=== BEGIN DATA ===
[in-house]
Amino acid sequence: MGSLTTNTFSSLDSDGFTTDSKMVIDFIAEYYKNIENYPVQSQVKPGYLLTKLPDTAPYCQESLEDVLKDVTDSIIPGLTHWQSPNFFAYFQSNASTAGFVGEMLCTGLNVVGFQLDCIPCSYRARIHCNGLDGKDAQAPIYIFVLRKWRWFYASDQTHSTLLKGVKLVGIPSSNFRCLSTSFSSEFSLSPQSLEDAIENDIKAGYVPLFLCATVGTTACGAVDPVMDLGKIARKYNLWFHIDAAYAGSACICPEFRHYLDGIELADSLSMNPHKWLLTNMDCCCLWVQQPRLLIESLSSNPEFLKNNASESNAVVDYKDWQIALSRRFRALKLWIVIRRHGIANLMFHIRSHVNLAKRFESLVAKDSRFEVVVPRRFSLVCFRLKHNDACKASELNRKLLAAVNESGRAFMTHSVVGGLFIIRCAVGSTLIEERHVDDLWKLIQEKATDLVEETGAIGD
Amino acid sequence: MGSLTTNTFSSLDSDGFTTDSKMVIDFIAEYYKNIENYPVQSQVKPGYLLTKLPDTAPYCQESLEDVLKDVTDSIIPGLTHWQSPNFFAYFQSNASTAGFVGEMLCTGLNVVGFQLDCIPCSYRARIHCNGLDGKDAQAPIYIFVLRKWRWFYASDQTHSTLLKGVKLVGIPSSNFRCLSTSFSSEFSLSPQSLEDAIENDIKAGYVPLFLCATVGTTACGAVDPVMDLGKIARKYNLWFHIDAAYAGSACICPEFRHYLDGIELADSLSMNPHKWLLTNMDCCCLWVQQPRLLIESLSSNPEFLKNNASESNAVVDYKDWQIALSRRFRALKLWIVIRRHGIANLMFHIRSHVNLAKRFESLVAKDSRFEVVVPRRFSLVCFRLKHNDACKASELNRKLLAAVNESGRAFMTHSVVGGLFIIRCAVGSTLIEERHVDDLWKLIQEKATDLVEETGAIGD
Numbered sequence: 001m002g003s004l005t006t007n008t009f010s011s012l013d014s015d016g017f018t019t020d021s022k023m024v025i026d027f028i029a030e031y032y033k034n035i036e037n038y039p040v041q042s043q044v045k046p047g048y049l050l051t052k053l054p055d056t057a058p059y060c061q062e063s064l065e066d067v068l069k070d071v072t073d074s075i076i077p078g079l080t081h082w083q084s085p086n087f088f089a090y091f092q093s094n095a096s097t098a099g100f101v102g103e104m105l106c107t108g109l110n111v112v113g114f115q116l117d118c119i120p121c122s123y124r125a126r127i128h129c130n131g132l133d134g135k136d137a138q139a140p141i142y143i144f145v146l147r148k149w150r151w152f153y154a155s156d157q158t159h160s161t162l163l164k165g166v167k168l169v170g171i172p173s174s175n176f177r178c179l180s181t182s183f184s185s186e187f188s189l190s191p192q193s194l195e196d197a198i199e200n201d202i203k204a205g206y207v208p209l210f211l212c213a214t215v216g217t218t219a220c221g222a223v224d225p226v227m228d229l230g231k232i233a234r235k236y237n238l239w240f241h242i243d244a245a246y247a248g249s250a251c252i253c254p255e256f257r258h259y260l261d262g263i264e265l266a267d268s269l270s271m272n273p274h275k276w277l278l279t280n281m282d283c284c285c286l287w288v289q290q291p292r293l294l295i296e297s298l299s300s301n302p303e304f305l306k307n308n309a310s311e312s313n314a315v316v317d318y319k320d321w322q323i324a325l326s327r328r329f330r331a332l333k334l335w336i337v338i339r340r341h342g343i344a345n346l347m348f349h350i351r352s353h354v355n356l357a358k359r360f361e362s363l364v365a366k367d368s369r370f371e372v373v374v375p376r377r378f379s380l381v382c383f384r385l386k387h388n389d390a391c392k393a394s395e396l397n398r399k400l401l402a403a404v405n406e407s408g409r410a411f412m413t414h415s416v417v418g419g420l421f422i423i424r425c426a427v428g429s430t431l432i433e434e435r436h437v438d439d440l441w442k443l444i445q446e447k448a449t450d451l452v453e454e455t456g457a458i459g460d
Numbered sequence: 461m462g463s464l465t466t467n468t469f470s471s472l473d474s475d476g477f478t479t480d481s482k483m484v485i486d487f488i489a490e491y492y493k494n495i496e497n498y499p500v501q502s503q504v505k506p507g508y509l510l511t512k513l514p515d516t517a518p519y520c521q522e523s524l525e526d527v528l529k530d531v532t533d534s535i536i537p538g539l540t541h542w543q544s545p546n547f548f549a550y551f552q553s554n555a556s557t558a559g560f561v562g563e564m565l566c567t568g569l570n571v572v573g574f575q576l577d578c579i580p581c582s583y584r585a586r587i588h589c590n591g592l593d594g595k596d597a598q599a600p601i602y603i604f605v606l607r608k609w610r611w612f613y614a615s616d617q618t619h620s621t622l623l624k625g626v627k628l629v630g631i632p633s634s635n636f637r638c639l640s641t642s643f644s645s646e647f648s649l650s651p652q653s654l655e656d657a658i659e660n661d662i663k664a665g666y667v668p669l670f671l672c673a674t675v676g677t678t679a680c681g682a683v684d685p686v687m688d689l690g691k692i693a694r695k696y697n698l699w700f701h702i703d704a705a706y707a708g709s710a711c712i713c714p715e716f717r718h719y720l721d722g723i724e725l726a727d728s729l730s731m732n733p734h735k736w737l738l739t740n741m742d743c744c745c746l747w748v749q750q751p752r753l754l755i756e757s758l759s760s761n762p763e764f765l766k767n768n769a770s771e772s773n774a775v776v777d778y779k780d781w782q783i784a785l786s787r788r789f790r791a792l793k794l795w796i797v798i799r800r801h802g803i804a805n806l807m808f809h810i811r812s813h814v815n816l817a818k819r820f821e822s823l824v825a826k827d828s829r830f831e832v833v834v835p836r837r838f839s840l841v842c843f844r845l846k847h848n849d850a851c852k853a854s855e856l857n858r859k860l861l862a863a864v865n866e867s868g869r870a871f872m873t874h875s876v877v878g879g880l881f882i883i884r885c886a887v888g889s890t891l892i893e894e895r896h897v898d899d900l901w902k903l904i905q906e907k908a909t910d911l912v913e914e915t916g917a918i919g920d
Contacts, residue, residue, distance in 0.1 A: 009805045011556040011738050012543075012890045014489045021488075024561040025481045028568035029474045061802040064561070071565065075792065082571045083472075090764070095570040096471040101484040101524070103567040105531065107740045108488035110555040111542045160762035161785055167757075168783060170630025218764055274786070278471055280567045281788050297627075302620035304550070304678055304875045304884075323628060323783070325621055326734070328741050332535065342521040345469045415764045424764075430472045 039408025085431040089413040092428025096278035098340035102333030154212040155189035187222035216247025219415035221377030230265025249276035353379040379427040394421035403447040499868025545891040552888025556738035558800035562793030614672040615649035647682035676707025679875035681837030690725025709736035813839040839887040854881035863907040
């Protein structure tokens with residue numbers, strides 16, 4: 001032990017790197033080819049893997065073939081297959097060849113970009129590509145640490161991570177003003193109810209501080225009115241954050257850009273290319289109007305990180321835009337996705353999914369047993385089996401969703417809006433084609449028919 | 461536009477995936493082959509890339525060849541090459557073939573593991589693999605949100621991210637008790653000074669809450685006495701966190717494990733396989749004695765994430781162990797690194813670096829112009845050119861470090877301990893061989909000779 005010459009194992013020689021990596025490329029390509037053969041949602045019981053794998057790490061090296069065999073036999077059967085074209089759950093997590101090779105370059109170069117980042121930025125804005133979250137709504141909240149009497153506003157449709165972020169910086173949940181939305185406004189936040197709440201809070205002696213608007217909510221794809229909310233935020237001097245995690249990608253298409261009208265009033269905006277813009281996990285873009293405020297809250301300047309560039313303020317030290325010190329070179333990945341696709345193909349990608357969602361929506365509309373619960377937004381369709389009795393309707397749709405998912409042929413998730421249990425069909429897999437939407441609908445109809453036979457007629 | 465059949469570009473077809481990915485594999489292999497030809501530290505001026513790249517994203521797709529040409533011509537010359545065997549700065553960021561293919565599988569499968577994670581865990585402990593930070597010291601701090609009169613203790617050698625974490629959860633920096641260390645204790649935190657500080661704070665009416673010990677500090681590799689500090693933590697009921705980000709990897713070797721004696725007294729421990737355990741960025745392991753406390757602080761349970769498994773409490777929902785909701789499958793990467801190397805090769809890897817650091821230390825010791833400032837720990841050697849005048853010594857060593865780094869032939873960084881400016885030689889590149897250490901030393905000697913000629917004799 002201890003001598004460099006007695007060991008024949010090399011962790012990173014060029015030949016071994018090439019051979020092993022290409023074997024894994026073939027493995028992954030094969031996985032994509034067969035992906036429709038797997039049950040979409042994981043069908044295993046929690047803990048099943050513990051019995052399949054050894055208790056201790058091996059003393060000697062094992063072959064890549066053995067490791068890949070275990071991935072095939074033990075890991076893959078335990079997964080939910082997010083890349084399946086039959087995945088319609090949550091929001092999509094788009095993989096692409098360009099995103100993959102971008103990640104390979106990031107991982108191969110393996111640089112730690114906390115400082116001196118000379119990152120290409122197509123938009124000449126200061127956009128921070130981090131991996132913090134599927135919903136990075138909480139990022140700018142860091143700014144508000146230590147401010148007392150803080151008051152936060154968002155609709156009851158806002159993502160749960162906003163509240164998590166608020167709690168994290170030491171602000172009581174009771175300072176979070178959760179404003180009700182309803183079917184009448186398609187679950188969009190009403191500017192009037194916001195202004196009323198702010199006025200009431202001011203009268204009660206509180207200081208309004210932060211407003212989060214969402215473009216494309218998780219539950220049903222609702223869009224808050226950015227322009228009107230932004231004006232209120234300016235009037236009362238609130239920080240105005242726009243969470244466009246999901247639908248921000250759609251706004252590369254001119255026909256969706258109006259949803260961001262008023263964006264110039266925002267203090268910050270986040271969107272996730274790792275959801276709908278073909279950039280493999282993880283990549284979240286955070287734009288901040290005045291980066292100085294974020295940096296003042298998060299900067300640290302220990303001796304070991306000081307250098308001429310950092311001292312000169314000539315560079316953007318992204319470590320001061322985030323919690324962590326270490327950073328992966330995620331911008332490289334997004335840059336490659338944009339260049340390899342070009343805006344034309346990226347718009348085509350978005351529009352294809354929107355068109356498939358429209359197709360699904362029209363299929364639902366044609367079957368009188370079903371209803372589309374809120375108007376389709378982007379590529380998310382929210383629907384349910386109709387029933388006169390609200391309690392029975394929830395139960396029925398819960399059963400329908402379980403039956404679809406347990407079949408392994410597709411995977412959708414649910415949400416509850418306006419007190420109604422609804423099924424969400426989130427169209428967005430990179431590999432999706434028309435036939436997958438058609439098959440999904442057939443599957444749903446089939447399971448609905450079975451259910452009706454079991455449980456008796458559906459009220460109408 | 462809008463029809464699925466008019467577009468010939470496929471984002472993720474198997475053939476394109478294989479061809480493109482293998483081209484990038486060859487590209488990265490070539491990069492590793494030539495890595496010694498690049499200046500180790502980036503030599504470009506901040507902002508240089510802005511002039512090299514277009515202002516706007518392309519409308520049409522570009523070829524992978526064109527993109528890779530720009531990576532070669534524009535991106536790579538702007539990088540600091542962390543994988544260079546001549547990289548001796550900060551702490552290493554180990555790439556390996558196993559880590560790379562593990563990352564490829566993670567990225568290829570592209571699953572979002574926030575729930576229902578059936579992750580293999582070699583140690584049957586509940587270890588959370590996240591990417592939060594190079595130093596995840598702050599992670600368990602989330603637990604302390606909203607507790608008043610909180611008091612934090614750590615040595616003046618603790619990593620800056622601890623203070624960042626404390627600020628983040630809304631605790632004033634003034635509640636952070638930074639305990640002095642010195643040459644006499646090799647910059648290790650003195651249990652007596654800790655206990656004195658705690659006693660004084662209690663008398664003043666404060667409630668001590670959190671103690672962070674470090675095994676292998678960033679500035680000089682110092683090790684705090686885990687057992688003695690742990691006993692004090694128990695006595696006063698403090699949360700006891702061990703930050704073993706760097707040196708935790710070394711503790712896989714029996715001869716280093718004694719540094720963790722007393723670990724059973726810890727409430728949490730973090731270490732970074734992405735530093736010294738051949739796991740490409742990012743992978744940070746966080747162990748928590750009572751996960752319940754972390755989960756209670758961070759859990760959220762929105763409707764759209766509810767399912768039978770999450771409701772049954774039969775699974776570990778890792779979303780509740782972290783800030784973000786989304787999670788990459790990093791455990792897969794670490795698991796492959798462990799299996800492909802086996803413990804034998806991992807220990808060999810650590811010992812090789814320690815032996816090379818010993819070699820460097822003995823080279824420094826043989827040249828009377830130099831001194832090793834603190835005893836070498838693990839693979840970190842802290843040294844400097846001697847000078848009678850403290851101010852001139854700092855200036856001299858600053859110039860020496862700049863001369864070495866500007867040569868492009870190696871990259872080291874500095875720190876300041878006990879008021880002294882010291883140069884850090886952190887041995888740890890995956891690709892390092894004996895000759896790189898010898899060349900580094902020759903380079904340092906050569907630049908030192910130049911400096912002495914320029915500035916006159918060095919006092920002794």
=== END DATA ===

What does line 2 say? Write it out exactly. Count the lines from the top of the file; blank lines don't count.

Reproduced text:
Amino acid sequence: MGSLTTNTFSSLDSDGFTTDSKMVIDFIAEYYKNIENYPVQSQVKPGYLLTKLPDTAPYCQESLEDVLKDVTDSIIPGLTHWQSPNFFAYFQSNASTAGFVGEMLCTGLNVVGFQLDCIPCSYRARIHCNGLDGKDAQAPIYIFVLRKWRWFYASDQTHSTLLKGVKLVGIPSSNFRCLSTSFSSEFSLSPQSLEDAIENDIKAGYVPLFLCATVGTTACGAVDPVMDLGKIARKYNLWFHIDAAYAGSACICPEFRHYLDGIELADSLSMNPHKWLLTNMDCCCLWVQQPRLLIESLSSNPEFLKNNASESNAVVDYKDWQIALSRRFRALKLWIVIRRHGIANLMFHIRSHVNLAKRFESLVAKDSRFEVVVPRRFSLVCFRLKHNDACKASELNRKLLAAVNESGRAFMTHSVVGGLFIIRCAVGSTLIEERHVDDLWKLIQEKATDLVEETGAIGD